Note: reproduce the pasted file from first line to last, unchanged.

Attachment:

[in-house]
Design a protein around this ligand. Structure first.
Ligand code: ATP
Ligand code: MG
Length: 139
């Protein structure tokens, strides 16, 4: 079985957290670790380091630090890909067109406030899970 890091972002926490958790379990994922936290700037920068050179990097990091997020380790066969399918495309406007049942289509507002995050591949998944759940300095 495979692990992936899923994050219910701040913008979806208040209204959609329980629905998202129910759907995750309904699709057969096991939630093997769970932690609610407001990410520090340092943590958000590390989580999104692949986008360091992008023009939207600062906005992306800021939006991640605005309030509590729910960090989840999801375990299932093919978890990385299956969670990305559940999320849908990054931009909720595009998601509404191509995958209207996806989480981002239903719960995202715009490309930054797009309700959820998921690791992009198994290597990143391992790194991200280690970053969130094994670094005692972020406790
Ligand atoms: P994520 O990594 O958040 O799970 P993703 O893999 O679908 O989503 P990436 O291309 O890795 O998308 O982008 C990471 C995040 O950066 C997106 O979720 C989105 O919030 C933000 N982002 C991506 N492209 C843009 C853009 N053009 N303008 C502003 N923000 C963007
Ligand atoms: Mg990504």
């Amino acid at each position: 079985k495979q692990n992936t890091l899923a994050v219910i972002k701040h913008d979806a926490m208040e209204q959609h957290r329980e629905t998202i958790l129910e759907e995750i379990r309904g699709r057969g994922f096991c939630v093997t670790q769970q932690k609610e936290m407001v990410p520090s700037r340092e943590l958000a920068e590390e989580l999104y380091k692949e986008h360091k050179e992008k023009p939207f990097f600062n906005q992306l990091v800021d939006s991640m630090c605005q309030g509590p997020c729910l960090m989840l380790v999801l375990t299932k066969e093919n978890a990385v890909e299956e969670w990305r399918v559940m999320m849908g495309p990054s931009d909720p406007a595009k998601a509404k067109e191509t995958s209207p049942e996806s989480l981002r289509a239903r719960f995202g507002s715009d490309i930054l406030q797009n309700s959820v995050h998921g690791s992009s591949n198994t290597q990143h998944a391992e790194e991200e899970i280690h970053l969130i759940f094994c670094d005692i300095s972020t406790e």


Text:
[in-house]
Design a protein around this ligand. Structure first.
Ligand code: ATP
Ligand code: MG
Length: 139
């Protein structure tokens, strides 16, 4: 079985957290670790380091630090890909067109406030899970 890091972002926490958790379990994922936290700037920068050179990097990091997020380790066969399918495309406007049942289509507002995050591949998944759940300095 495979692990992936899923994050219910701040913008979806208040209204959609329980629905998202129910759907995750309904699709057969096991939630093997769970932690609610407001990410520090340092943590958000590390989580999104692949986008360091992008023009939207600062906005992306800021939006991640605005309030509590729910960090989840999801375990299932093919978890990385299956969670990305559940999320849908990054931009909720595009998601509404191509995958209207996806989480981002239903719960995202715009490309930054797009309700959820998921690791992009198994290597990143391992790194991200280690970053969130094994670094005692972020406790
Ligand atoms: P994520 O990594 O958040 O799970 P993703 O893999 O679908 O989503 P990436 O291309 O890795 O998308 O982008 C990471 C995040 O950066 C997106 O979720 C989105 O919030 C933000 N982002 C991506 N492209 C843009 C853009 N053009 N303008 C502003 N923000 C963007
Ligand atoms: Mg990504």
């Amino acid at each position: 079985k495979q692990n992936t890091l899923a994050v219910i972002k701040h913008d979806a926490m208040e209204q959609h957290r329980e629905t998202i958790l129910e759907e995750i379990r309904g699709r057969g994922f096991c939630v093997t670790q769970q932690k609610e936290m407001v990410p520090s700037r340092e943590l958000a920068e590390e989580l999104y380091k692949e986008h360091k050179e992008k023009p939207f990097f600062n906005q992306l990091v800021d939006s991640m630090c605005q309030g509590p997020c729910l960090m989840l380790v999801l375990t299932k066969e093919n978890a990385v890909e299956e969670w990305r399918v559940m999320m849908g495309p990054s931009d909720p406007a595009k998601a509404k067109e191509t995958s209207p049942e996806s989480l981002r289509a239903r719960f995202g507002s715009d490309i930054l406030q797009n309700s959820v995050h998921g690791s992009s591949n198994t290597q990143h998944a391992e790194e991200e899970i280690h970053l969130i759940f094994c670094d005692i300095s972020t406790e």